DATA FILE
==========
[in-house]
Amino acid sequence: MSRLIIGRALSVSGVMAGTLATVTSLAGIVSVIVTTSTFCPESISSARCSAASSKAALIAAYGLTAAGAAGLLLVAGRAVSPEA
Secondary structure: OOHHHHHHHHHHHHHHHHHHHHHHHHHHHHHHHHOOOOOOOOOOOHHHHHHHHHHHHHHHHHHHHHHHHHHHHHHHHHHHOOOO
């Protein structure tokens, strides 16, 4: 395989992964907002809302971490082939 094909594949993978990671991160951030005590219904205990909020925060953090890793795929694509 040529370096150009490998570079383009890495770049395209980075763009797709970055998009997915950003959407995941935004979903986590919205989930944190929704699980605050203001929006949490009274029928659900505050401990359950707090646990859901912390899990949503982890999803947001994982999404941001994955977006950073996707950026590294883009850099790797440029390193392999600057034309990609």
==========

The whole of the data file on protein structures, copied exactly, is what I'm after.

[in-house]
Amino acid sequence: MSRLIIGRALSVSGVMAGTLATVTSLAGIVSVIVTTSTFCPESISSARCSAASSKAALIAAYGLTAAGAAGLLLVAGRAVSPEA
Secondary structure: OOHHHHHHHHHHHHHHHHHHHHHHHHHHHHHHHHOOOOOOOOOOOHHHHHHHHHHHHHHHHHHHHHHHHHHHHHHHHHHHOOOO
């Protein structure tokens, strides 16, 4: 395989992964907002809302971490082939 094909594949993978990671991160951030005590219904205990909020925060953090890793795929694509 040529370096150009490998570079383009890495770049395209980075763009797709970055998009997915950003959407995941935004979903986590919205989930944190929704699980605050203001929006949490009274029928659900505050401990359950707090646990859901912390899990949503982890999803947001994982999404941001994955977006950073996707950026590294883009850099790797440029390193392999600057034309990609």